Perspectives on the Church’s Mission Part 4: Missions in a Religiously Pluralistic World -- By: George W. Peters

Journal: Bibliotheca Sacra
Volume: BSAC 136:544 (Oct 1979)
Article: Perspectives on the Church’s Mission Part 4: Missions in a Religiously Pluralistic World
Author: George W. Peters


Perspectives on the Church’s Mission
Part 4:
Missions in a Religiously Pluralistic World

George W. Peters

[George W. Peters, Professor Emeritus of World Missions, Dallas Theological Seminary, Dallas, Texas.]

[EDITOR’S NOTE: This is the final article in a series delivered by the author as the W. H. Griffith Thomas Memorial Lectures at Dallas Theological Seminary, November 1–4, 1978.]

Religious pluralism is nothing new. Throughout the millennia of history various religions have functioned in the world. The Bible refers to numerous gods and systems of worship in various cultures of the ancient Near East. These religions—which are historic realities of tremendous significance—cause no little perplexity to the student of the Bible and to the missionary. The latter is confronted by this reality in its most vivid complexity, and he experiences it as a life-determining and community-governing force.

Of course, religious pluralism is no longer something overseas and beyond the boundaries of this nation. Several million adherents of non-Christian religions are fellow citizens in the United States. They have become neighbors on the same street where Christians live. Christians share with them the same post office and postman, the same bank, the same grocery store, the same playground. Yet they attend their temples and worship their god or gods in the very cities where Christians attend church and worship the only true God.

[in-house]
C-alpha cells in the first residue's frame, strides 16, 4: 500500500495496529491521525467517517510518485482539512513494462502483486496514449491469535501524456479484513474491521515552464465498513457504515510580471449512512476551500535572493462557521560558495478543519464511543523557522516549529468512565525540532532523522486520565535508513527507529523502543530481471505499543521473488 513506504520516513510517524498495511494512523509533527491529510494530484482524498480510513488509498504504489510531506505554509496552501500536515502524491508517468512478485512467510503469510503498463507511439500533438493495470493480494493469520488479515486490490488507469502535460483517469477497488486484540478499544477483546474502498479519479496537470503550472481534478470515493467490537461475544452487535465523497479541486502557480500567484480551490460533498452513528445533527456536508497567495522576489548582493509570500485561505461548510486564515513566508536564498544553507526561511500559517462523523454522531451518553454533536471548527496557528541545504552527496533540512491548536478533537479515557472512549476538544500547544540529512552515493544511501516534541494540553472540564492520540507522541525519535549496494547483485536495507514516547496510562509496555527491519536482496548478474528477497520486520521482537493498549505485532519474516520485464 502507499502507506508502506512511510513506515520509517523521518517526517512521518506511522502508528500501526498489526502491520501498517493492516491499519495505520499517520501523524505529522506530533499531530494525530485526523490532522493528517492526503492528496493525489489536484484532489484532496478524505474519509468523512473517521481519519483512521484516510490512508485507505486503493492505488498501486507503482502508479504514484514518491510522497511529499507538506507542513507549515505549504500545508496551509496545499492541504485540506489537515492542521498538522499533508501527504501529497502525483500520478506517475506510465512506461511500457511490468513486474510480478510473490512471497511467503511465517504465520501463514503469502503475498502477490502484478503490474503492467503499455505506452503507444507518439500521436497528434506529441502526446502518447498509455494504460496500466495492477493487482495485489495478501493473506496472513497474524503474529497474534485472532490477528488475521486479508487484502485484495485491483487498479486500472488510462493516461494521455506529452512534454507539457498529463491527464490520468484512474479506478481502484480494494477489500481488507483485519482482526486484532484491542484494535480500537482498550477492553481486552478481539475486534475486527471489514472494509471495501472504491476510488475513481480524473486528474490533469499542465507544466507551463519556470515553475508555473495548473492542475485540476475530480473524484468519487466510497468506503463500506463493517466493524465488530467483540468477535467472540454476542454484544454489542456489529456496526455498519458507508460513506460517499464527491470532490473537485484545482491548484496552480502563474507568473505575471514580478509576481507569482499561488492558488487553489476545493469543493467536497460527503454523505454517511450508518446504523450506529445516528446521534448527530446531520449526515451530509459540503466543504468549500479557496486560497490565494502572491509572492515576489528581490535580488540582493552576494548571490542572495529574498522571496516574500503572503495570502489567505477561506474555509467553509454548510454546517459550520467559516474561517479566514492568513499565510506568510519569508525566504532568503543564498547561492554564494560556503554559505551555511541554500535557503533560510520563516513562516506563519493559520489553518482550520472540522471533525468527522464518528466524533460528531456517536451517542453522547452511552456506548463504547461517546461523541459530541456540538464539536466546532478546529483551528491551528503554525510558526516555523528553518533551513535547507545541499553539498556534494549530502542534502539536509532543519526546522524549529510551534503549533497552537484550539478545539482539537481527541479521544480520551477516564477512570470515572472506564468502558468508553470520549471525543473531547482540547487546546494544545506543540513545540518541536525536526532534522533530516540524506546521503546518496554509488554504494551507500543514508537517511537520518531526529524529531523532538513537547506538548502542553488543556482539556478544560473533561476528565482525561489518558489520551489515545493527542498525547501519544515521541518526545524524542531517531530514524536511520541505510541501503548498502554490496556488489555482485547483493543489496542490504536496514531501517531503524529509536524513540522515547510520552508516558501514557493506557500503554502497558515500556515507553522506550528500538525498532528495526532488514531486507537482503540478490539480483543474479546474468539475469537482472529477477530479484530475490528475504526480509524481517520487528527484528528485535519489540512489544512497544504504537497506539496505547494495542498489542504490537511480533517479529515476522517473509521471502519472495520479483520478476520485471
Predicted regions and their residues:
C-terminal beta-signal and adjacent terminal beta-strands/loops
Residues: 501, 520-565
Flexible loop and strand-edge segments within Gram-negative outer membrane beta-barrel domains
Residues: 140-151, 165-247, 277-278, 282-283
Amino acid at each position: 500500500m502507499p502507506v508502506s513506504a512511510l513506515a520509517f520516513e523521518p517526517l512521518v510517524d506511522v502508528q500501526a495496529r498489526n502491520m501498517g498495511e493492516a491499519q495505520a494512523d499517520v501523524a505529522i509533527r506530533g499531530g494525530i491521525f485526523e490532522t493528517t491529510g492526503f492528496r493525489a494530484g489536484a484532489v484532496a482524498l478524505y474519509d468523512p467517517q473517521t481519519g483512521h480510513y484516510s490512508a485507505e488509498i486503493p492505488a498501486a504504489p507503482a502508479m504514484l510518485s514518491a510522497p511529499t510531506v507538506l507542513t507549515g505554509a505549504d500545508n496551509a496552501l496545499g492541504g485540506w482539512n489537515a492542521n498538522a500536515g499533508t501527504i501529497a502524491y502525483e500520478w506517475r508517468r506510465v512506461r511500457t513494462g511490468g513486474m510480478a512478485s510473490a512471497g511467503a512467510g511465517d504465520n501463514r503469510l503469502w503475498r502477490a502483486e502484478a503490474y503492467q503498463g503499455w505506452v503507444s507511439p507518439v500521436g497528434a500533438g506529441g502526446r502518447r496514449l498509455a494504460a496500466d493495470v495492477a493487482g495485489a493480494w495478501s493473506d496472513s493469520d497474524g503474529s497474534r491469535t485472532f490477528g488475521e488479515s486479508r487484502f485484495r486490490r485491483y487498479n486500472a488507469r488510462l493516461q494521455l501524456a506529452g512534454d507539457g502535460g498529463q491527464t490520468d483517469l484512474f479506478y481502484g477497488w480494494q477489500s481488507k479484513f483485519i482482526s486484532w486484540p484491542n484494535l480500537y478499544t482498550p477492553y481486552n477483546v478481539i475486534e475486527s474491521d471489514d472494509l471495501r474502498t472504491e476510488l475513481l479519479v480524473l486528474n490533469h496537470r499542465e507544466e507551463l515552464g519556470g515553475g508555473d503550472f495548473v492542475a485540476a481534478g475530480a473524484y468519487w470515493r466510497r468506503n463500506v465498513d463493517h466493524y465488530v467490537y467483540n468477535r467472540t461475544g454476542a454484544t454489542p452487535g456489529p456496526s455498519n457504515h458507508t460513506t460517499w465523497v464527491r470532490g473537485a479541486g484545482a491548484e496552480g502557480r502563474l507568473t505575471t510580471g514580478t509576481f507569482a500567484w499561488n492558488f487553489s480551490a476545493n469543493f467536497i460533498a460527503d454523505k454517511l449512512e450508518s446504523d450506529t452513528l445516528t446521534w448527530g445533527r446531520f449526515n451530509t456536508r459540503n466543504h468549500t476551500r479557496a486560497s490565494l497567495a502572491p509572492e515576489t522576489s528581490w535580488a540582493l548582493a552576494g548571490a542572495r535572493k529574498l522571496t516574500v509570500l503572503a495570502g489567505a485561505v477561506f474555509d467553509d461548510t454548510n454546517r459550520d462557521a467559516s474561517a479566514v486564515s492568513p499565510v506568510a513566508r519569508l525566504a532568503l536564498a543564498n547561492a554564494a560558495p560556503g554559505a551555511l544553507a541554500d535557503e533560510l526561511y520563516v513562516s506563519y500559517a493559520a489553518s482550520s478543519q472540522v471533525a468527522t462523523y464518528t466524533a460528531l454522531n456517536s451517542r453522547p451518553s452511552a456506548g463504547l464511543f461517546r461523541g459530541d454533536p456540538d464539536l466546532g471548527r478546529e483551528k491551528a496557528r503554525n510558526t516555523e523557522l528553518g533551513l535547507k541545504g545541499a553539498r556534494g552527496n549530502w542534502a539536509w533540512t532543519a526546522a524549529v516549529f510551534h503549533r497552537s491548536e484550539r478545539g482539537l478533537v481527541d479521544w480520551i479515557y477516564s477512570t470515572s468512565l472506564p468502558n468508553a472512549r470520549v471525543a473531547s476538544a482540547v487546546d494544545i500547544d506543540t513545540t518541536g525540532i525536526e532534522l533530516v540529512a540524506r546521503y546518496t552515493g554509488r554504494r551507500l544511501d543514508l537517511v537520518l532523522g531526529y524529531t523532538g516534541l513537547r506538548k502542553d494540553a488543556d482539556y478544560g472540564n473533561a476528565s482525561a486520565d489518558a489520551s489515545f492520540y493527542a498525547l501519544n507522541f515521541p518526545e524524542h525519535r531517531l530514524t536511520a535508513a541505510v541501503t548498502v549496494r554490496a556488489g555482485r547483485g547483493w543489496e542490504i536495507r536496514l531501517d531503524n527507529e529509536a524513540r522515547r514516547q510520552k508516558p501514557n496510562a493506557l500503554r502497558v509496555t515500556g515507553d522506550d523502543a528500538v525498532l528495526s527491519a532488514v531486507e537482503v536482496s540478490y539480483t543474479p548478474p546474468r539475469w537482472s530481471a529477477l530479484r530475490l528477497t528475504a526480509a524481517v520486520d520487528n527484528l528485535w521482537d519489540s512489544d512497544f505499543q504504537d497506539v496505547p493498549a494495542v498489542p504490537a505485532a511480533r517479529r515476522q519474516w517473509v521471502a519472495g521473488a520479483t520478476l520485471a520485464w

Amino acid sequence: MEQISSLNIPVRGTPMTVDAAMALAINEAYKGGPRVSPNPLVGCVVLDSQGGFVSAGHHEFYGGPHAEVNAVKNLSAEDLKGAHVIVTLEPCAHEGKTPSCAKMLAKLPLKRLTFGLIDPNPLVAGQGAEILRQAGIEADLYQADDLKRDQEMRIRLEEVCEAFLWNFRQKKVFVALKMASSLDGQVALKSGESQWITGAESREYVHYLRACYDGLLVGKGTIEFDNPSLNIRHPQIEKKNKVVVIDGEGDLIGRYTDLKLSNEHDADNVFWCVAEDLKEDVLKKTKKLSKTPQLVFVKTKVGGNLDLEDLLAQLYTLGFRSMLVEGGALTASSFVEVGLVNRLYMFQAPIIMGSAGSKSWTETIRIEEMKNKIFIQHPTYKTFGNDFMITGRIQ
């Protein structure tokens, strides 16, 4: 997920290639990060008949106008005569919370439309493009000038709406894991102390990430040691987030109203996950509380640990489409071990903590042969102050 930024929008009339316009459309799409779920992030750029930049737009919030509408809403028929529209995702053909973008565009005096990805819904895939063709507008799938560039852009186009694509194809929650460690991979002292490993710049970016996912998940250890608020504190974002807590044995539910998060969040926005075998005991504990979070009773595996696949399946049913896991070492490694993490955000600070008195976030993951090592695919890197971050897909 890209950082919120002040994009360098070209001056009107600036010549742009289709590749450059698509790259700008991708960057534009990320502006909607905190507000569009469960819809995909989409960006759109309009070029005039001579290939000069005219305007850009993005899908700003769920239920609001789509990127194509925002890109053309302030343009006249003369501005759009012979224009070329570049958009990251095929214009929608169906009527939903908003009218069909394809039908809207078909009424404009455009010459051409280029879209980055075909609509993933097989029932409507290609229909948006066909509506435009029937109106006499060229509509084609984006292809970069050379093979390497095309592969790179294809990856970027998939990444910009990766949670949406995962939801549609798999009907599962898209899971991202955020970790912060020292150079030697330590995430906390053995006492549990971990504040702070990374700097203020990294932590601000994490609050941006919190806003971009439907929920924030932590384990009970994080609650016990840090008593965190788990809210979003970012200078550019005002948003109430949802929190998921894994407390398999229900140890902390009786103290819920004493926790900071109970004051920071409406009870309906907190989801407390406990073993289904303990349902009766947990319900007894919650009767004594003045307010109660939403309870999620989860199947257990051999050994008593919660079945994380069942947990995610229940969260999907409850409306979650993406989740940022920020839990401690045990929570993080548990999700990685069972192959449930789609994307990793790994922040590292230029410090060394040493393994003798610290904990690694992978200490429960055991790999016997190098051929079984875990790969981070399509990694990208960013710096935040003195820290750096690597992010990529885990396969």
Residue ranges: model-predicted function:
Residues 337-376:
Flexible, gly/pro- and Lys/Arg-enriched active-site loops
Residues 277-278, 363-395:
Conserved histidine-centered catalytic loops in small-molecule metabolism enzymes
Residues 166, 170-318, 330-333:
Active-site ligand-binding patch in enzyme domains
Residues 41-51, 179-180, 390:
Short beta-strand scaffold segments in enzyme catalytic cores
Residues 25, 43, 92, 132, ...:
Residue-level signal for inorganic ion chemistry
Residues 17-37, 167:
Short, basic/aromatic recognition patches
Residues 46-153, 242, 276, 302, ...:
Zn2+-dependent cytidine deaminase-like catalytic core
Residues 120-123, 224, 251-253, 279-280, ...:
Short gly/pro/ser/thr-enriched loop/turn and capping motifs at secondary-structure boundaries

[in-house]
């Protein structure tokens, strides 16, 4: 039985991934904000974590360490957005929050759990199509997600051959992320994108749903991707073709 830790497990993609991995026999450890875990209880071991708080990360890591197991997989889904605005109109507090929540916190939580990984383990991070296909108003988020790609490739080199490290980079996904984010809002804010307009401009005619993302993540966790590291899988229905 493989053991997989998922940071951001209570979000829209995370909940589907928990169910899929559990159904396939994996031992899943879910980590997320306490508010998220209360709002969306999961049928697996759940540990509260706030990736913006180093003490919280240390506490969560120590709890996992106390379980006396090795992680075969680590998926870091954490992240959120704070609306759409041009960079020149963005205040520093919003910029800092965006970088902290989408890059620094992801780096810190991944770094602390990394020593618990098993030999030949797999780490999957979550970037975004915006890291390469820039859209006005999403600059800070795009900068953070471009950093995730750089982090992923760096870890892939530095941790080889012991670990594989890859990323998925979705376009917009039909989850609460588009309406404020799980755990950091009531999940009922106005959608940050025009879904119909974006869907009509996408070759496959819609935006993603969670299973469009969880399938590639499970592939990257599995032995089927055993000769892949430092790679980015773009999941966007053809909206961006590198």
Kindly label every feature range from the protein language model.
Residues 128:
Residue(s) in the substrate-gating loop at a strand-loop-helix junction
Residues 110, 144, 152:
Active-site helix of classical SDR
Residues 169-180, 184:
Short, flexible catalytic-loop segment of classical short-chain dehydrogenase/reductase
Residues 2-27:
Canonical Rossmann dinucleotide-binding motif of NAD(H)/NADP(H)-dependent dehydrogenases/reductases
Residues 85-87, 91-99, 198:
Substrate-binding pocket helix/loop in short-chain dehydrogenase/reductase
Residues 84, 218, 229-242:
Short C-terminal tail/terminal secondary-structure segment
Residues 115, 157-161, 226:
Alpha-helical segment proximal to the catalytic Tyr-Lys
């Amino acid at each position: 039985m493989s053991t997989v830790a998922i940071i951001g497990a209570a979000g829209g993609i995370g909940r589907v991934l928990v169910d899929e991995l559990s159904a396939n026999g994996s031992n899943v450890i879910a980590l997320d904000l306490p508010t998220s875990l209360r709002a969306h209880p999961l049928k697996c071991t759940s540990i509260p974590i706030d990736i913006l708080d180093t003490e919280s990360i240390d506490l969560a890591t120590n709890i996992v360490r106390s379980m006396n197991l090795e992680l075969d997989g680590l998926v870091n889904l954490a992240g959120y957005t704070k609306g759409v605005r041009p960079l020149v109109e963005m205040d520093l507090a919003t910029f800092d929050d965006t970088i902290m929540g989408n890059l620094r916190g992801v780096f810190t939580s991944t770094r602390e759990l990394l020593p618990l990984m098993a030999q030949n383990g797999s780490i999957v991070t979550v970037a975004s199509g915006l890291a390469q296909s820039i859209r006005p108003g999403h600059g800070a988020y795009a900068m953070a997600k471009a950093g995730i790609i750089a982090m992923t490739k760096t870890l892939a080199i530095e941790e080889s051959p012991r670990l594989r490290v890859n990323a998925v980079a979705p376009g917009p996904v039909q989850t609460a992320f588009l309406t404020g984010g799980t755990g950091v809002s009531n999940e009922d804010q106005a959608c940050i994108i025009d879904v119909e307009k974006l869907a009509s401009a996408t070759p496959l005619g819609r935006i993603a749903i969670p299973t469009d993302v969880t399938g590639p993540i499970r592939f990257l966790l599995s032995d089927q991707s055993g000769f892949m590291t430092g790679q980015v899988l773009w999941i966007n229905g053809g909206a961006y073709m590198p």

The New Image

Religious pluralism has become a universal phenomenon and is becoming an accepted pattern of life. This new pattern of life has raised some searching questions in the minds of many people. One question is this: Are “the heathen” actually as pagan as either mission reports or one’s own imagination has projected them to appear and to which Christians have liberally and sympathetically responded in missions and charity? Since non-Christian religions are no longer isolated from North Americans and other parts of the “civilized world” by great distances, a new image arises. Newbigin mentions five change factors which are affecting the thinking of many people.

Students from every part of the world and from every religious community jostle one another on the campuses of Western universities, share the same studies, the same books, the same discussions of world affairs. The great international and inter-governmental organizations, both the United Nations itself and also its many specialist agencies, provide a sphere in which some of the ablest men of all religions are constantly co-operating in seeking the solution of the pressing problems of mankind. In UNESCO there is an organization which ...

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